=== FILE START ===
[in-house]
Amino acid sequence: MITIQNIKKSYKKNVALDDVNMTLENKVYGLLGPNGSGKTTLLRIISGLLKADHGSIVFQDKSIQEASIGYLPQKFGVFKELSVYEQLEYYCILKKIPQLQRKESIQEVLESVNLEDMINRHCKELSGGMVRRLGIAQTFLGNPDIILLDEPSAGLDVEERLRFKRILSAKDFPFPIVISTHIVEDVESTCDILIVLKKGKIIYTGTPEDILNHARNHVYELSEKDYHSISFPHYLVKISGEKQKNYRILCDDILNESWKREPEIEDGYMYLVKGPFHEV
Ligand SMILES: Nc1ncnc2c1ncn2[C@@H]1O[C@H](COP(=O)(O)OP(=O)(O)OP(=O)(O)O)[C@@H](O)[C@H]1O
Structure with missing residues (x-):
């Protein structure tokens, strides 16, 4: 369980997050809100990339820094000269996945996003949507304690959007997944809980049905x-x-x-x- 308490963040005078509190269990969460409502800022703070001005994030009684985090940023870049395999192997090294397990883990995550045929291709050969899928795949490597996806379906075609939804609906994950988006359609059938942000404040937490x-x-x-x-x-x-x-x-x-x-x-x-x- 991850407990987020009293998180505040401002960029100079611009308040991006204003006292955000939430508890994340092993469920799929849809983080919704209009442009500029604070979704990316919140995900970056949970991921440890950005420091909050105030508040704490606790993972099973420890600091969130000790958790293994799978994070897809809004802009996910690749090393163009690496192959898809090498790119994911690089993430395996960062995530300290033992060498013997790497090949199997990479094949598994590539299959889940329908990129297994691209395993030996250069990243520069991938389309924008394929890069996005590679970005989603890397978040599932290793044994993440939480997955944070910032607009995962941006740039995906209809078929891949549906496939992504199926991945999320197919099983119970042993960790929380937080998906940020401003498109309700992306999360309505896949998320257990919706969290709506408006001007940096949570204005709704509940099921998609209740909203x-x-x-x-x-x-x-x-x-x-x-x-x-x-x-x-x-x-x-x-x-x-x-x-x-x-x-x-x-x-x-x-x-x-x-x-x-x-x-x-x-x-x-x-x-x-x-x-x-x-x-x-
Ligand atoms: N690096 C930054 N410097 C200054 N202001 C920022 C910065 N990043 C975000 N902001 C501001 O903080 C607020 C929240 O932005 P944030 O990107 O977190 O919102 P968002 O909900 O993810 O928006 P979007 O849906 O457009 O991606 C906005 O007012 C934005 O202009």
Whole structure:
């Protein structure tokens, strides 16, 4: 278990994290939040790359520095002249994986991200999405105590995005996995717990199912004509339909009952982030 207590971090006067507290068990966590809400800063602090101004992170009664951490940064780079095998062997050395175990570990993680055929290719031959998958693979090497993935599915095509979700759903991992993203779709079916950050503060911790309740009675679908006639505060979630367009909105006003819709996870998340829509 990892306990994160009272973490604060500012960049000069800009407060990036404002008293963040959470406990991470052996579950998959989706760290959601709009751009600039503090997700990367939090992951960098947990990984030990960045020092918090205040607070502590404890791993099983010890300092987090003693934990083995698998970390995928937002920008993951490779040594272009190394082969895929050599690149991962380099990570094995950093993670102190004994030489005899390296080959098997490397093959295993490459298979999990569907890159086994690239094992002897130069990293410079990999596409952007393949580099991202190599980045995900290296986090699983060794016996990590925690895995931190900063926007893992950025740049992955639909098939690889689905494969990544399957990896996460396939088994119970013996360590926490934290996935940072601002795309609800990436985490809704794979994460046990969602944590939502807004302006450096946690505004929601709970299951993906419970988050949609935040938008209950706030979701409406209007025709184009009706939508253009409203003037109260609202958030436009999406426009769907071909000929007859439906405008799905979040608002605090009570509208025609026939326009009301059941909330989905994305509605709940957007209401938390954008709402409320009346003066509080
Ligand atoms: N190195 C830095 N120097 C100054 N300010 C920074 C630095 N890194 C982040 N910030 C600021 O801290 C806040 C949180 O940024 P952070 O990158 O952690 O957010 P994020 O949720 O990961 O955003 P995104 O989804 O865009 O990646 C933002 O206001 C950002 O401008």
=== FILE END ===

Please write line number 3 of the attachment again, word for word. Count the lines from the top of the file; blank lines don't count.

Ligand SMILES: Nc1ncnc2c1ncn2[C@@H]1O[C@H](COP(=O)(O)OP(=O)(O)OP(=O)(O)O)[C@@H](O)[C@H]1O